Retired Bulwell teacher celebrates 'crazy' MBE honour at the age of 91

A 91-year-old former teacher from Bulwell has spoken of her shock after being made an MBE in the King’s Birthday Honours.
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Barbara Maddison said the award was “crazy” as she was recognised for services to young women in her role as honorary vice-president of the National Council of Women of Great Britain.

She said: “It’s crazy, absolutely crazy, I can understand why my organisation has put me forward for the work I’ve done since I retired, but it still feels quite amazing and strange.”

Since retiring from teaching, Barbara has been an invaluable member of the NCWGB and a campaigner for the rights and welfare of women and girls.

91 year-old Barbara Maddison from Bulwell has been awarded an MBE91 year-old Barbara Maddison from Bulwell has been awarded an MBE
91 year-old Barbara Maddison from Bulwell has been awarded an MBE

Through her own efforts, she created the branch of the organisation called the National Council of Young Women, which reaches out to a younger generation through a network of schools and colleges linked to NCWGB.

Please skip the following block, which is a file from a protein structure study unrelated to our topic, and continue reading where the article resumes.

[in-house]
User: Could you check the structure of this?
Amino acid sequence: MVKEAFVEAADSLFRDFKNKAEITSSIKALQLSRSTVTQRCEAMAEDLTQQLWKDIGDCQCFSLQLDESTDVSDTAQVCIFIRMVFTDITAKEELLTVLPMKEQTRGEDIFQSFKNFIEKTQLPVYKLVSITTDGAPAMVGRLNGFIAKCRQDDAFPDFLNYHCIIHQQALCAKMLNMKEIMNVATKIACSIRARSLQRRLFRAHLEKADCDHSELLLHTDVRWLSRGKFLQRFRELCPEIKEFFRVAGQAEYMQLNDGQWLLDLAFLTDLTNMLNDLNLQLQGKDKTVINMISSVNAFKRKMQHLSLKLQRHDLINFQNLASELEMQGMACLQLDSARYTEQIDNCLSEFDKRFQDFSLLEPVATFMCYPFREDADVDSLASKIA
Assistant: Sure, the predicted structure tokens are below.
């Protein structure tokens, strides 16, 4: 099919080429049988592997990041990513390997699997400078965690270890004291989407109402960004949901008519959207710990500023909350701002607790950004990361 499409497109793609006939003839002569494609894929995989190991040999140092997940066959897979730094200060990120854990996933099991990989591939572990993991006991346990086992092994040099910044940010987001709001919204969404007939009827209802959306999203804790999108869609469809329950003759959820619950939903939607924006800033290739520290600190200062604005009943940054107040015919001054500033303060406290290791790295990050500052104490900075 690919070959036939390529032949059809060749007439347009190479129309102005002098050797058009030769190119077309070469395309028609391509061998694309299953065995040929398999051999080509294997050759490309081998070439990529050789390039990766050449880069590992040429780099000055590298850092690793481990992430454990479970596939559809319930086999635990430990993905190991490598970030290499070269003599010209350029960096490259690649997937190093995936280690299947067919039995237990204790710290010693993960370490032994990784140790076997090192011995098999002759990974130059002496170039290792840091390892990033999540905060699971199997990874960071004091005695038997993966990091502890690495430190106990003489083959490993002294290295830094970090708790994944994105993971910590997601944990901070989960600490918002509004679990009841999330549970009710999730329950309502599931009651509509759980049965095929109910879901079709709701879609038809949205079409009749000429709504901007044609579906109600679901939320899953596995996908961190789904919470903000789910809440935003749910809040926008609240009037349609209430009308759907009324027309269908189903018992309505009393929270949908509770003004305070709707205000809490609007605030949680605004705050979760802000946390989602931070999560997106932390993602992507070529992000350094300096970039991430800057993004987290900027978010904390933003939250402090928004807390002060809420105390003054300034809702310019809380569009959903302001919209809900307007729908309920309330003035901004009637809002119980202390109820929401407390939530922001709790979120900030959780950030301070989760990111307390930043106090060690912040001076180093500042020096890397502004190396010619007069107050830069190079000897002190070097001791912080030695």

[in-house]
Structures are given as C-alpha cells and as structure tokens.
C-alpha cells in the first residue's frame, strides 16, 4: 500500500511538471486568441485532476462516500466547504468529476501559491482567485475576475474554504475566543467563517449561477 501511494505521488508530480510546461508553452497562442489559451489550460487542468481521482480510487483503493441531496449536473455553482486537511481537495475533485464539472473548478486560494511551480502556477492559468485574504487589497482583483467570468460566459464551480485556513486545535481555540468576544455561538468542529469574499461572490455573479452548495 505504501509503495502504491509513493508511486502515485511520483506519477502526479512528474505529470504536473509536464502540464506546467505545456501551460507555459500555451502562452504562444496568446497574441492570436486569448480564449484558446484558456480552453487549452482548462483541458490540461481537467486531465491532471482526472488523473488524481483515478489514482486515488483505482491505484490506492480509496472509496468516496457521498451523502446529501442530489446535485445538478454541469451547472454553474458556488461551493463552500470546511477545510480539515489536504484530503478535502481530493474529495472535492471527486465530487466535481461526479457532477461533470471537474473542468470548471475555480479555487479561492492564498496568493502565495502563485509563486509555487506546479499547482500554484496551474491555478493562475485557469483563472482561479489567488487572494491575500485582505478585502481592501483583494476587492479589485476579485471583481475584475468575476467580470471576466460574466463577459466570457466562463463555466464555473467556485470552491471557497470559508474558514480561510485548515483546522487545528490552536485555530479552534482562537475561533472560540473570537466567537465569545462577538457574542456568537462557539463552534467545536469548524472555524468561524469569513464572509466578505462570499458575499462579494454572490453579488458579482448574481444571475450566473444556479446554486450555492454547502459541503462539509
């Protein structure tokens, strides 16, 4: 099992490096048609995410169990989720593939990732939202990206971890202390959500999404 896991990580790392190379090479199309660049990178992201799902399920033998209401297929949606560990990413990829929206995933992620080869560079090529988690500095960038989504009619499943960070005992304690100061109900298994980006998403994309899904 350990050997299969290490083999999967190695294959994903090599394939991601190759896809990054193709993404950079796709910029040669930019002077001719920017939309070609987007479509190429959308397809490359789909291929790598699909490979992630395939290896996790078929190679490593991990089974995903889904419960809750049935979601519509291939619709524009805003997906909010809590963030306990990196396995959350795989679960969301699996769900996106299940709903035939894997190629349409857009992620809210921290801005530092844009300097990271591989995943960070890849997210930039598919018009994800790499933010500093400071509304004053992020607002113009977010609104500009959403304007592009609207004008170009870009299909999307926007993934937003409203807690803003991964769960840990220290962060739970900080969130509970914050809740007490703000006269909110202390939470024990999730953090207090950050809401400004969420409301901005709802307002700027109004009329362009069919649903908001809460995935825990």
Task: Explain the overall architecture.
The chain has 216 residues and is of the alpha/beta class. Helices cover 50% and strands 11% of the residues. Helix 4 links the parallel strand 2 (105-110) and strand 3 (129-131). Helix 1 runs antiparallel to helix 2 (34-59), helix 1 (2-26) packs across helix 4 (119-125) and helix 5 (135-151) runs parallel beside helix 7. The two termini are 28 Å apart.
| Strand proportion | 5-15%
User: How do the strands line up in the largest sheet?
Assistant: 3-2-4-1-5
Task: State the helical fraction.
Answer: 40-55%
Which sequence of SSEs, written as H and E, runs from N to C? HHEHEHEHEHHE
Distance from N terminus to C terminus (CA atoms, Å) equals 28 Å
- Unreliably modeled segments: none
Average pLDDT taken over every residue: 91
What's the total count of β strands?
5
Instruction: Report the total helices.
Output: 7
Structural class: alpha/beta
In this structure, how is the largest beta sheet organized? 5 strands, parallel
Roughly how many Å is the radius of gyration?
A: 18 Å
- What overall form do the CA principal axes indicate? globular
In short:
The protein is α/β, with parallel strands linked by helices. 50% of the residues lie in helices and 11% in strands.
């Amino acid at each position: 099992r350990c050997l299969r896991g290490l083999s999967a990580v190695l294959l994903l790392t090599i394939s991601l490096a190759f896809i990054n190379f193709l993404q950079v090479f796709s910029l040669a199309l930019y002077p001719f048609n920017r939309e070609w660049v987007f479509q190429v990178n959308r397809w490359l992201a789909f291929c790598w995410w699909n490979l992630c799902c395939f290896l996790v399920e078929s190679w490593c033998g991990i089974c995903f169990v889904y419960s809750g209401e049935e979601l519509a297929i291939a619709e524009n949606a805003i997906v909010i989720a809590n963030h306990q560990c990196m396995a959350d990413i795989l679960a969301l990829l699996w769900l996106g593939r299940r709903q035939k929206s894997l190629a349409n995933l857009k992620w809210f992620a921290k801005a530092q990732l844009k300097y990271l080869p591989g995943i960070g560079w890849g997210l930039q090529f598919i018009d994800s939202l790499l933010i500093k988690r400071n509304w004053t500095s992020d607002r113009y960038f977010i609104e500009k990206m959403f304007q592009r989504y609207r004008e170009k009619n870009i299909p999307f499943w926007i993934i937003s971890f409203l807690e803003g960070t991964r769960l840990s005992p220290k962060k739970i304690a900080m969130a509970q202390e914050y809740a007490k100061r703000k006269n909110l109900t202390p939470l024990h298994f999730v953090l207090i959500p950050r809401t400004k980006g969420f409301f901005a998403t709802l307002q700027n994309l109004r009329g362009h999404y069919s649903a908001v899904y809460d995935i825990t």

Through one-to-one meetings, letters, emails and personal contact with school students and staff, she has encouraged young women to develop social awareness and personal confidence through organising and taking part in debates and seminars in school and dealing with issues relevant not just to women but to society as a whole.

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Despite the fact that she is now in her 90s, Barbara continues to travel to schools and to maintain an active involvement with her “graduates” who have gone on to become full members of the NCWGB and members of the active 18+ network of NCW.

For several decades, she has been a mainstay of the NCWGB, an active member of the Nottinghamshire Branch, and a spokeswoman for the organisation.

She has also contributed over many years to her church, both as a lay preacher and elder, and as an organiser of a full social programme for older members.

She also reaches out to those who can no longer attend church, keeping them in touch and informed.

Barbara said: “I feel very proud and that’s strange because being proud is not a characteristic I tend associate with myself.

“I think I would express it as feeling pride in helping someone achieve something through this organisation.

“To see young girls, particularly sixth formers, come out with the same ideals as the NCWGB, the organisation I belong to, that is something that is a real source of pride.”

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